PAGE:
I’ve cried several times over the past few weeks.
I cried in front of a young man I had never met.
He was probably my age.
I was taking care of his family member in our hospital who had tested positive for coronavirus when the patient’s respiratory status suddenly declined.
His oxygen levels suddenly decreased, and he started gasping for air. Our staff made the decision to intubate the patient — pushing a plastic tube down his throat so he could breathe — and, in hopes of giving him every chance of life, to transfer him to a facility that could provide higher care.
We spent hours calling multiple and much larger health care facilities in hopes of transfer, but they’ve run low on beds, too.
Luckily, after many calls, a hospital in north Mississippi graciously accepted and said they would treat him.
I cried again several days later when I awoke to several text messages that said my patient had died. I had just talked to his sister the day before. She told me his breathing had gotten better.
I cried when a COVID positive patient left our hospital last week. One of our clinic’s nurse practitioners admitted him to the hospital after about 10 days into his infection due to concern for acute hypoxia — there wasn’t enough oxygen in his blood.
I treated the patient for roughly a week before I rotated off our hospital COVID unit, but I remained concerned that the outcome would be similar to the patient I’d lost.
I did not cry when the patient’s wife thanked me in the hospital drive-thru.
It was odd to hear her voice in person. I had only talked to her on the phone because the virus is so infectious our patients can’t have visitors.
I knew the voice, but she had caught me off guard in the drive-thru and luckily, for me, introduced herself.
I did not cry when her previously healthy and fit husband was wheeled to the car in a wheelchair with a canister of home oxygen.
I cried when the patient teared up after thanking me and my partner for the care provided during his hospital stay.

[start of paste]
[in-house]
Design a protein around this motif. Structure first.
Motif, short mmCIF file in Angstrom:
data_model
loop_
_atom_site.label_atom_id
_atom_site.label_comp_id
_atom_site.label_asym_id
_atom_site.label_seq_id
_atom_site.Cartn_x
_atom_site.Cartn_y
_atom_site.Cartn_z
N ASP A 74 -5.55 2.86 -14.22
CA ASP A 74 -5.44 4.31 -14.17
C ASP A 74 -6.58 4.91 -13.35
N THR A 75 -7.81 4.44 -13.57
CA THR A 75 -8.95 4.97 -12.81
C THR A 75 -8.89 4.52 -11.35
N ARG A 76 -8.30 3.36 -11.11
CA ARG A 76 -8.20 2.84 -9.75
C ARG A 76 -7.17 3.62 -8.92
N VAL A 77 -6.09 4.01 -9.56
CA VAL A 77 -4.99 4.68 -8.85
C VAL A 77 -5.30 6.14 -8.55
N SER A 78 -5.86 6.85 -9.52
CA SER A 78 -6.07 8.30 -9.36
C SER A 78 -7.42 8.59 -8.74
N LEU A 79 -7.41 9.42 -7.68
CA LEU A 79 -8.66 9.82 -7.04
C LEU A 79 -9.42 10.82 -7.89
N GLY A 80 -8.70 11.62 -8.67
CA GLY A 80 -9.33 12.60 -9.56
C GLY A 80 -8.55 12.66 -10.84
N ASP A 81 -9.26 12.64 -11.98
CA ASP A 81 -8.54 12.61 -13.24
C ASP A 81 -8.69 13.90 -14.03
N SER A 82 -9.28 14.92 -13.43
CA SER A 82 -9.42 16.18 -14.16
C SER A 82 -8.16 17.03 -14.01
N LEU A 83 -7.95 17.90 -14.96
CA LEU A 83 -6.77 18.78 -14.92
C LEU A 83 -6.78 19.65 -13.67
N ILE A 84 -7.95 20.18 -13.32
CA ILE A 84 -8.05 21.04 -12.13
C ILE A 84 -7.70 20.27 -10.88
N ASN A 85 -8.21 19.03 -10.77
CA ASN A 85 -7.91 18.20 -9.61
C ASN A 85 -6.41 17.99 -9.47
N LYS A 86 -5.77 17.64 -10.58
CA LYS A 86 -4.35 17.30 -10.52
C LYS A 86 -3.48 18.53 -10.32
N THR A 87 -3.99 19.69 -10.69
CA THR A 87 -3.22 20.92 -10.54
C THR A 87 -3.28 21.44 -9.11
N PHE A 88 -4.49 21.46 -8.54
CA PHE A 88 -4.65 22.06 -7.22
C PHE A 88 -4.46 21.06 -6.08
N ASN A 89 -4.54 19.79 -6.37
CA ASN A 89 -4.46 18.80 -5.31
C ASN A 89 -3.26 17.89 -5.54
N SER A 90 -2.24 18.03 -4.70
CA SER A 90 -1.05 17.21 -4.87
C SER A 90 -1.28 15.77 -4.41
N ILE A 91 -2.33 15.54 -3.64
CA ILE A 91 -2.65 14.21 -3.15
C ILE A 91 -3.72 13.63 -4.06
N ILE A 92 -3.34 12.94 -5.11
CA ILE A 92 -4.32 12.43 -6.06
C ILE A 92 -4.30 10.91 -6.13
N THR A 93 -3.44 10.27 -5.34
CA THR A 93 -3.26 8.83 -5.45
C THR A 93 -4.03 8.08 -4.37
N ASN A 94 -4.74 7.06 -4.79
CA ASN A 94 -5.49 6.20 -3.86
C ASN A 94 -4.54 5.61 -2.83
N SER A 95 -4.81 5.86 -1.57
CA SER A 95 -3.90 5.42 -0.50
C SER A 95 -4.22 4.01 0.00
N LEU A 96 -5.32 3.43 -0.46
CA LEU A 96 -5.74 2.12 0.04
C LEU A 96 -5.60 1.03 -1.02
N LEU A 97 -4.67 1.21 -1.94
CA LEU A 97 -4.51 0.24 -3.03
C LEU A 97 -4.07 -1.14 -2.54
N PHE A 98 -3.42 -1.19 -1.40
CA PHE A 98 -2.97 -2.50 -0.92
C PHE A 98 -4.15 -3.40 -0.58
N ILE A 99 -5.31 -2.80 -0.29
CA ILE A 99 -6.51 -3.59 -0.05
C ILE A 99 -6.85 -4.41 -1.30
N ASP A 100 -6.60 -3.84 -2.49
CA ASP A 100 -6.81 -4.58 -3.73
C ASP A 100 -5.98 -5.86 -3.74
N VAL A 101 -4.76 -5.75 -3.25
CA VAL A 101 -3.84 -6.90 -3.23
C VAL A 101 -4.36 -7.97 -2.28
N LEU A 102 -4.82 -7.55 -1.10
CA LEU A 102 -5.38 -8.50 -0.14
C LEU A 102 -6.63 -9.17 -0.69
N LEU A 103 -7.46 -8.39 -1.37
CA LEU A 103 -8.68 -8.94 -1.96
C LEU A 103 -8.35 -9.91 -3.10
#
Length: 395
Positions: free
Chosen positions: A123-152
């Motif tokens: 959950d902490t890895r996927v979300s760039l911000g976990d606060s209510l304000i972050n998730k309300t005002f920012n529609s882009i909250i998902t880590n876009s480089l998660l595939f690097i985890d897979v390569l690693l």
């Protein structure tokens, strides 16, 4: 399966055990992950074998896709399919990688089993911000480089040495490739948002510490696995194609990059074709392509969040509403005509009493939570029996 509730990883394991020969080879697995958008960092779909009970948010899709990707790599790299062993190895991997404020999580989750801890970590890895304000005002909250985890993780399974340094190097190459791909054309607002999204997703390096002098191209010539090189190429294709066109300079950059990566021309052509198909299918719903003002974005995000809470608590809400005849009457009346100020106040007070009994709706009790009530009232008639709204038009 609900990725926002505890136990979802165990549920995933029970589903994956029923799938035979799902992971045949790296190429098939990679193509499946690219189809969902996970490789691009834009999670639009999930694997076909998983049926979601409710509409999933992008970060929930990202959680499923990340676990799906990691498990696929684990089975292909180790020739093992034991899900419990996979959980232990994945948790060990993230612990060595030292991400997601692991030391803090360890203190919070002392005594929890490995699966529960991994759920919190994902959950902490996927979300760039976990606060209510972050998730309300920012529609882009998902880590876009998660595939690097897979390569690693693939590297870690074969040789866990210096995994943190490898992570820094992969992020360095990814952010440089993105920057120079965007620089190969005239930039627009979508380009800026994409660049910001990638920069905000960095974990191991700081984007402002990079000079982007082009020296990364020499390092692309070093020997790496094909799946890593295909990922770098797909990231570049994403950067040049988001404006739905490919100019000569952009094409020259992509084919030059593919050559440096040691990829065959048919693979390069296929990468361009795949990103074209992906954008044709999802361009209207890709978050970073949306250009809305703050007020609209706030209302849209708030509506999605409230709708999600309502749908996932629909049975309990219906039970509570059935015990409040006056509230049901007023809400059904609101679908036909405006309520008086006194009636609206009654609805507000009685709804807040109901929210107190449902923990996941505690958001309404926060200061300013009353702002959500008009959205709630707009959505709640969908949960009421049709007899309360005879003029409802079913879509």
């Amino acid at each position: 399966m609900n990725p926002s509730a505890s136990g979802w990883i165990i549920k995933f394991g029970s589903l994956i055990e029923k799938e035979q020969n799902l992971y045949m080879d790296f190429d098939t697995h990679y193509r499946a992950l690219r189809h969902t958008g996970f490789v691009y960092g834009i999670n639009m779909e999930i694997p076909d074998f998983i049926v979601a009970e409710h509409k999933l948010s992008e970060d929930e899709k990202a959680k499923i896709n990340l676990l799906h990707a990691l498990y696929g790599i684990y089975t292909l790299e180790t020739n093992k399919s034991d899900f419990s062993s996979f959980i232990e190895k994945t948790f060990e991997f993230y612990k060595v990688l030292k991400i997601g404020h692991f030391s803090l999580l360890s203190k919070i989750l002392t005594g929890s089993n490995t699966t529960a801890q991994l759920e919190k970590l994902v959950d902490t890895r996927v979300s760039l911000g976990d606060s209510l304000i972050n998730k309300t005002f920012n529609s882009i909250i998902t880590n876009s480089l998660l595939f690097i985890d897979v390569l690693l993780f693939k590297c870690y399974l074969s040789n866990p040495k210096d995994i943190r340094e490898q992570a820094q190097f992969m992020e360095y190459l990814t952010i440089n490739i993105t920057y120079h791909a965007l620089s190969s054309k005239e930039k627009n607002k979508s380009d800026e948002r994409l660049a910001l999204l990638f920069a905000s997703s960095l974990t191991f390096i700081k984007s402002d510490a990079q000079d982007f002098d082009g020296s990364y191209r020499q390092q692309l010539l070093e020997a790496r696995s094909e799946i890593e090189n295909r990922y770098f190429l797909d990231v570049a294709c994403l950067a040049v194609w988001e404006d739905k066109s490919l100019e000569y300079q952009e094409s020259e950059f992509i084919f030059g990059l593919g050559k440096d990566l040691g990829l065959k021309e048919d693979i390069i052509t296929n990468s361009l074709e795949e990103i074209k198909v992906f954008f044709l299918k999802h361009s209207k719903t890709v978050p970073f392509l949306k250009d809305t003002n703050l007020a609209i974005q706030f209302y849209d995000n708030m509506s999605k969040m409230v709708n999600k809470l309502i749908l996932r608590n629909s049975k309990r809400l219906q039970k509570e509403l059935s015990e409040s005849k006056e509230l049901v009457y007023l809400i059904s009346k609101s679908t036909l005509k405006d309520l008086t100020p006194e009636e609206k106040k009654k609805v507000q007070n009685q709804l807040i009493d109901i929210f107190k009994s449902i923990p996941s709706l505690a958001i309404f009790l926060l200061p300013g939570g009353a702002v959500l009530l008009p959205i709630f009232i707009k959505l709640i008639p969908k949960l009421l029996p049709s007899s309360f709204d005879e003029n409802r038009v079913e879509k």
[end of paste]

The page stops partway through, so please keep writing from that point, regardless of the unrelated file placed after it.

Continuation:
The tears worsened when he and his wife offered homegrown tomatoes in appreciation.
The most recent time I cried was at home.
My kids were running around, arguing which movie to play on our TV. My wife, Dr. Kelsey Dowell, who is in charge of the coronavirus floor at the hospital now, was at the dinner table waiting for me to finish cooking dinner.
She received a call that my nurse’s grandfather’s respiratory status was acutely worsening in the hospital. I cried when I watched through the kitchen window as she FaceTimed our friend to discuss the situation on our back porch.
I continued to cry when she walked back into our home and broke down in tears, knowing the outcome would likely be grim. We cried together as she set up the hospital transfer via helicopter.
I do not cry. I rarely let emotions show, but the virus creates immense frustration. The coronavirus affects every age, gender, and race without reason. Most patients get cold or flu-like symptoms, but some become extremely sick in a very short period of time or many days into their infection. There is little information on how to make COVID patients get better, and our hospital does not have access to the medicines currently being investigated as potential treatment options.
Explaining to a family why they can’t see their loved one in the hospital, potentially for the last time, is never easy and makes me question the morality of the decision each time.
Transferring patients to higher-care facilities has become increasingly difficult as hospitals across the state are filling up. COVID cases are increasing locally, and our hospital COVID numbers are the highest we’ve seen.
People continue to think the virus is not real or that it can’t affect them. People continue to regard the virus as a political scheme or conspiracy theory.
People continue to ignore recommended guidelines on how to help slow the virus’ spread. People continue to complain about wearing a mask.
We’ve got to do better as a community. Limit crowds. Wear a mask. Wash your hands. Educate friends and family.
Be considerate of others and their potential health conditions. Stay at home if you can. We are all in this together, whether you or I like it or not.
Thank Dr. Hannah Ray for her months of service treating coronavirus patients.
Thank Dr. Kelsey Dowell for her ongoing efforts to do the same now.
Thank our nurse practitioners for their efforts managing sick patients in the clinic.
Thank our nurses for the risk they take and the care they give. Dr. Erik Lessmann and Dr. Katherine Patterson will soon be rotating on to the hospital COVID service.
Thank them in advance by taking this disease seriously.